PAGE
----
Andrew K. Clark

Origin Story

When mama caught me                                  
up on my knees                                  
painting my face                                  
with her makeup,                                  
making the eye                                  

shadow curve                                  
along her boy’s                                  
cheekbones unnatural,                                  
sugar smell of                                  

powder on my fingers –                                  
I saw her reflection,                                  
in the mirror,                                  
churning,                                  
remembering                                  

the slap the day I tried on 
       her long red boots, my 
heel pressed in deep,
       the way I twirled the room,

delighted in the way they
       click click clicked
on the floor before
       she made me taste 

blood and see stars                                  
inside my head.                                  
The way mama sat on top                                  
of me, pushing the leather                                  

into my mouth. Mama                                  
said she’d tell my daddy                                  
when he called, mama                                  
swinging her belt, mama                                  
find her a switch. Mama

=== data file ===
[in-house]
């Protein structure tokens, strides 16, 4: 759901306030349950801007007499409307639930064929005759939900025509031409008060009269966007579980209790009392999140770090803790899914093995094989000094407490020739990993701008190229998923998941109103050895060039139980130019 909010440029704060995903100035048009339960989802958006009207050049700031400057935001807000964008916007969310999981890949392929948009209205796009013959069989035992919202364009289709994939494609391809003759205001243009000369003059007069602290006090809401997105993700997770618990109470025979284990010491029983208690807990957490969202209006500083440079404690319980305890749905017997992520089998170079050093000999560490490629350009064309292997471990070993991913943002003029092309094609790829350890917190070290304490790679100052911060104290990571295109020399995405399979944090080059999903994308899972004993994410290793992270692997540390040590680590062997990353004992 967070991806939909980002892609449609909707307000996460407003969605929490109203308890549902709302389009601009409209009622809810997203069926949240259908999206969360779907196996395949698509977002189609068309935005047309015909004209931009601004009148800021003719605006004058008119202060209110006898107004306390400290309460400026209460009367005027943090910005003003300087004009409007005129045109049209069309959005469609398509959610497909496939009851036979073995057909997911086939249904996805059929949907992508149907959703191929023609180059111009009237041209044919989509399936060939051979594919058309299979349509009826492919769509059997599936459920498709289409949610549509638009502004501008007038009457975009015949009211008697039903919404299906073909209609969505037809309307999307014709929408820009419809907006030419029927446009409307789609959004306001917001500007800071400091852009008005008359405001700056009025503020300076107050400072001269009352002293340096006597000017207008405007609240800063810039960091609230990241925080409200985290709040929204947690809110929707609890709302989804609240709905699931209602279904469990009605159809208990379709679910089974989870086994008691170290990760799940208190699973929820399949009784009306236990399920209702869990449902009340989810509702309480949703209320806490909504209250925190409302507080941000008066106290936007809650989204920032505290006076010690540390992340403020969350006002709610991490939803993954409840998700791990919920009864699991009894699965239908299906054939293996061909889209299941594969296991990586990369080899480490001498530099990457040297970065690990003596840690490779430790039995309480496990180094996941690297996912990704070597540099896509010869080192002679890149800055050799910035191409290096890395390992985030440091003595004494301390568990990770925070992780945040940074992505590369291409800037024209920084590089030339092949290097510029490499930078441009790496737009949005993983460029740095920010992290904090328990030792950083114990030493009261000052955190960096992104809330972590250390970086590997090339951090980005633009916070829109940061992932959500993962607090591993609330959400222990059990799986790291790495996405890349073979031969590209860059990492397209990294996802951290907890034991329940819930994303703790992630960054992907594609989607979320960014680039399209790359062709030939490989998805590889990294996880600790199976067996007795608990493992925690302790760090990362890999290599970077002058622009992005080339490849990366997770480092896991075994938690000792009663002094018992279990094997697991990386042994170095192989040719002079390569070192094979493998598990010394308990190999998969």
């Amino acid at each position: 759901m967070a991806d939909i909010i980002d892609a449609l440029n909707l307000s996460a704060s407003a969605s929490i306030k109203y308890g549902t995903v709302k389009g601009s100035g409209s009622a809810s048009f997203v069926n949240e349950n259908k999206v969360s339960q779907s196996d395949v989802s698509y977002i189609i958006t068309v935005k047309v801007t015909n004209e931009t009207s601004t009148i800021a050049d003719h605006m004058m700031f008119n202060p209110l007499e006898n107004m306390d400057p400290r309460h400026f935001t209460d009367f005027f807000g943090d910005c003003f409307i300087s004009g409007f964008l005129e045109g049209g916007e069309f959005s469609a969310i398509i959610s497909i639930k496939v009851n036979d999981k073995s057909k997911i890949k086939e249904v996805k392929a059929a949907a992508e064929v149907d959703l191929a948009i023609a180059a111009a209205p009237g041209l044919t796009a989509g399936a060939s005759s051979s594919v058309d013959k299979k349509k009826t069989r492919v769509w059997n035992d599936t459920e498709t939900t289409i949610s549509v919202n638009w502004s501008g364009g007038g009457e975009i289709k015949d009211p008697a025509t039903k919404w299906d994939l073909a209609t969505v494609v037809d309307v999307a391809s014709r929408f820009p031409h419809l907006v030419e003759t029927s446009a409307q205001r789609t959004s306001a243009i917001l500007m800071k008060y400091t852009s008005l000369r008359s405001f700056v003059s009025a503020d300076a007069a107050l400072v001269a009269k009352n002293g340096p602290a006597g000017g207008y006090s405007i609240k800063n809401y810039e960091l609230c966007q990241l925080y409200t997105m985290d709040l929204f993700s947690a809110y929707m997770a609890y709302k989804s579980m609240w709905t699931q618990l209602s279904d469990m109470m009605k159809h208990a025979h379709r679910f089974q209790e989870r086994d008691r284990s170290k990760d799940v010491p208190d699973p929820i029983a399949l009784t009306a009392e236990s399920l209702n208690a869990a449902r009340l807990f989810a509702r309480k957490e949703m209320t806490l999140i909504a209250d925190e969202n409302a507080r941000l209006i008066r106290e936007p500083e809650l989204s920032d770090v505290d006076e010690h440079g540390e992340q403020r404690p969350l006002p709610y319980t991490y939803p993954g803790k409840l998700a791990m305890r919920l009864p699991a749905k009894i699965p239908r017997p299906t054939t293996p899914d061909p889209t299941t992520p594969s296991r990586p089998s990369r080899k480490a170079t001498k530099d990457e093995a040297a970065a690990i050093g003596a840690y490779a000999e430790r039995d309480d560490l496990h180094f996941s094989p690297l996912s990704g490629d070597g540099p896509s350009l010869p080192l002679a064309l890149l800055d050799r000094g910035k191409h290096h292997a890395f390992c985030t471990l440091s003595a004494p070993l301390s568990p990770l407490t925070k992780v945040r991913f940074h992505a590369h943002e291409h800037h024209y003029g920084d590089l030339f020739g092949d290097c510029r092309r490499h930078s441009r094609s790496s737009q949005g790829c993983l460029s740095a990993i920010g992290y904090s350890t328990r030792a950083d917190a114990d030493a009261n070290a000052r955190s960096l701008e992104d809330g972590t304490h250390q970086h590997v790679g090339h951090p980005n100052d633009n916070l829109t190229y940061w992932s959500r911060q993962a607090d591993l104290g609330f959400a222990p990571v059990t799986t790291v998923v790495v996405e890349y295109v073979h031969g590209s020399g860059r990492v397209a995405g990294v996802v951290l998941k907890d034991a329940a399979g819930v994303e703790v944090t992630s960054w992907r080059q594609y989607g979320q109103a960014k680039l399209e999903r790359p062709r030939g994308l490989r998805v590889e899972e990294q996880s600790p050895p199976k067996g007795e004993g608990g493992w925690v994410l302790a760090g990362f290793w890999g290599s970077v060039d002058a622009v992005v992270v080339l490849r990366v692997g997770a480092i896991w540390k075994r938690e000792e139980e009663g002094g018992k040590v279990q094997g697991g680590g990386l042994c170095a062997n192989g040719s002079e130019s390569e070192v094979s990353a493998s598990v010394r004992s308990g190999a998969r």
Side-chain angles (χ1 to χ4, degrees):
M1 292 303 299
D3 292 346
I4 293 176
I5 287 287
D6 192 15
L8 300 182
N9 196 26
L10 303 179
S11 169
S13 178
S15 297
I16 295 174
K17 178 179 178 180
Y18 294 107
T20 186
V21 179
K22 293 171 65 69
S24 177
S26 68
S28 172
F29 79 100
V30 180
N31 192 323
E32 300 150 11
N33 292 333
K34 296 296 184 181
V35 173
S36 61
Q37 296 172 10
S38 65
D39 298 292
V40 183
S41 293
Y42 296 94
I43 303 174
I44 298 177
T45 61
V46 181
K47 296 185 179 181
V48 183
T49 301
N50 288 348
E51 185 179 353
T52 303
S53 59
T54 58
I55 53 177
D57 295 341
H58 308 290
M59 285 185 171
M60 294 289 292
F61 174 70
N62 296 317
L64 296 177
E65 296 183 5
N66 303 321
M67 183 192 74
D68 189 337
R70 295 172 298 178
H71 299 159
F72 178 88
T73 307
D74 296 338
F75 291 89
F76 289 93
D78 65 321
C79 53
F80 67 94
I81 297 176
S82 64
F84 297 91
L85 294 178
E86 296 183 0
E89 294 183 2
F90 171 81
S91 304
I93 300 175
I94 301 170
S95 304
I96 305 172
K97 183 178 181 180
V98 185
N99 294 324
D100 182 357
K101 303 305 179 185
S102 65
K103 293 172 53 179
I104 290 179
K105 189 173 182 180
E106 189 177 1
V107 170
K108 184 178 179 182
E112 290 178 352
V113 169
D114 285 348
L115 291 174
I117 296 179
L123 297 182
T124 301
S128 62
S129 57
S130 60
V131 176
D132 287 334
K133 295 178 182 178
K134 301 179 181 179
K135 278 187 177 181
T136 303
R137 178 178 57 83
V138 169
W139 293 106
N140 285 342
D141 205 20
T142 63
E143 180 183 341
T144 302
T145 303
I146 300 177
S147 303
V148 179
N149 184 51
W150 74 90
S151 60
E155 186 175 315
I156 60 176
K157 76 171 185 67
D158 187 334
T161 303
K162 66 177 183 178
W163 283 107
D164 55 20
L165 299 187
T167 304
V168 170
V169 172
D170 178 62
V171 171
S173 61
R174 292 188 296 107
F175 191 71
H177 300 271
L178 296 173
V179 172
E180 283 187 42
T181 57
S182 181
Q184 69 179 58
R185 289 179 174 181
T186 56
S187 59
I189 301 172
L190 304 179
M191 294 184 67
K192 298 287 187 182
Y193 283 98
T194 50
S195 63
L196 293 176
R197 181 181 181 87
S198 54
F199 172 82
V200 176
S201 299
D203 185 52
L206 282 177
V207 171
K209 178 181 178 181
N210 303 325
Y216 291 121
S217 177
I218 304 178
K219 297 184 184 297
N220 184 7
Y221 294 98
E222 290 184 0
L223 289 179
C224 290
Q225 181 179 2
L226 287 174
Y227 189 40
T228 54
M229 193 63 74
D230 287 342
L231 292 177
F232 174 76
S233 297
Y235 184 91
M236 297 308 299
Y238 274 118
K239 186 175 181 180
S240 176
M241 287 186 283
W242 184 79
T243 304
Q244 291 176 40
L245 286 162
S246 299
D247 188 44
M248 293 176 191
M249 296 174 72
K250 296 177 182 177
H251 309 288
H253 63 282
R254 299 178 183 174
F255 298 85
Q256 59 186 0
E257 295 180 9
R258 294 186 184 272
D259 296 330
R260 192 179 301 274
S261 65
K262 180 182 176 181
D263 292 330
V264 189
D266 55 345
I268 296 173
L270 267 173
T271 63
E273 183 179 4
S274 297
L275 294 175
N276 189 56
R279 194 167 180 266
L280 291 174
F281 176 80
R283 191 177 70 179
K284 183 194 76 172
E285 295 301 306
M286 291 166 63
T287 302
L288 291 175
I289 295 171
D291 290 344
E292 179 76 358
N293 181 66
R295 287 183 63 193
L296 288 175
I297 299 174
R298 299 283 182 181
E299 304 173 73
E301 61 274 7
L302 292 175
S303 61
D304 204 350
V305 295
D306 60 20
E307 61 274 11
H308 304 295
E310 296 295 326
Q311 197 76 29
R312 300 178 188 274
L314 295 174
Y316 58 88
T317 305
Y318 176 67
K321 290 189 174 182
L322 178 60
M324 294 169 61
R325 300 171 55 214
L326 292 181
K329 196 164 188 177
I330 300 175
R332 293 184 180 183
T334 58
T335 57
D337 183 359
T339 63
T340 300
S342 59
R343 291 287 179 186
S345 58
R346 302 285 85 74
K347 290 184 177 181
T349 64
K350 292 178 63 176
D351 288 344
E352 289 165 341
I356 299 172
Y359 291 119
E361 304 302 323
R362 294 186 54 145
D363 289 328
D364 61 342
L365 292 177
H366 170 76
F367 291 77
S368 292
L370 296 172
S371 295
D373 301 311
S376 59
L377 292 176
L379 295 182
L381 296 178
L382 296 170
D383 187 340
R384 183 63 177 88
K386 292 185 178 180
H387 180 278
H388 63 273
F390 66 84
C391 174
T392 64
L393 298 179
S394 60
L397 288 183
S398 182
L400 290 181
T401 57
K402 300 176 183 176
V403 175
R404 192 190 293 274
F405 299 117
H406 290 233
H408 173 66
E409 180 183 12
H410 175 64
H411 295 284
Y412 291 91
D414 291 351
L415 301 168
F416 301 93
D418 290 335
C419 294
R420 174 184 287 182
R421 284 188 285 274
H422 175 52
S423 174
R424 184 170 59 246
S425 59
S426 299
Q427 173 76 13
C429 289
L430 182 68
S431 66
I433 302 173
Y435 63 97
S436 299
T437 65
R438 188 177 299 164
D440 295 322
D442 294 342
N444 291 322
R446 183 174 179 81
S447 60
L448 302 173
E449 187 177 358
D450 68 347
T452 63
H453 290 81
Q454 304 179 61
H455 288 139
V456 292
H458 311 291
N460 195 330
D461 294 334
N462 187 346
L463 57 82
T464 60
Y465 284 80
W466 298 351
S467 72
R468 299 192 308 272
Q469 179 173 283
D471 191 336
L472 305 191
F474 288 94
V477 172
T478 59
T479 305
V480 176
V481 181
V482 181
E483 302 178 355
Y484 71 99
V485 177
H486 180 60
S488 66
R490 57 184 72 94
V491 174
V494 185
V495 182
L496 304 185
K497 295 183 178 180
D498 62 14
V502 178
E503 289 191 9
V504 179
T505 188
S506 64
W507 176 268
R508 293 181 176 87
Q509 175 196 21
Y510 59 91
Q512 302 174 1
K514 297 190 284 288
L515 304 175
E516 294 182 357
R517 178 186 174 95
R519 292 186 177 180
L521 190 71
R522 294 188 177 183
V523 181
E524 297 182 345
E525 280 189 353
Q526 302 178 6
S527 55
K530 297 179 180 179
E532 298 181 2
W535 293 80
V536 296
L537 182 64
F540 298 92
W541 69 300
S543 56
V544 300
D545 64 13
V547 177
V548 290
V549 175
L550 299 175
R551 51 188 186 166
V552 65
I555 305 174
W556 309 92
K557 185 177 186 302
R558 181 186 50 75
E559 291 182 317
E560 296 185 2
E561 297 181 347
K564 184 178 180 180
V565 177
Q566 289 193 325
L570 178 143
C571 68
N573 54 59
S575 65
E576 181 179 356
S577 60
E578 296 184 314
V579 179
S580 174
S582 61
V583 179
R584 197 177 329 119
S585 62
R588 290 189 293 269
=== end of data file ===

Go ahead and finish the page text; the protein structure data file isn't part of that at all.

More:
said she’d make me wear 
       them high-up heels
to school, said I could
       leave my cleats at home,
wear girl heels on
       the baseball diamond. 

Oh mama so red,
       mama reaching, raging
mama come rushing
       in, so

I grabbed up the lipstick,                                  
smeared it across my                                  
face in a frown,                                  
used the pencil                                  

to draw on crazy                                              
eyebrows, said:                                                  
Mama, behold!                                  
Your son, the clown!                                  

Andrew K. Clark is a writer from Alexander, NC, outside of Asheville where he now resides. His full-length collection of poetry, Jesus in the Trailer was published by Main Street Rag Press in 2019. His poetry and short fiction have appeared recently in UCLA’s Out of Anonymityfall / lines, Scribes Valley, Good Juju, and NO: 1 journals.  He is the recipient of the Georgia Southern University Roy F. Powell Award for Creative Writing and is an MFA candidate at Converse College. He is searching for a home for his first novel, The Day Thief.

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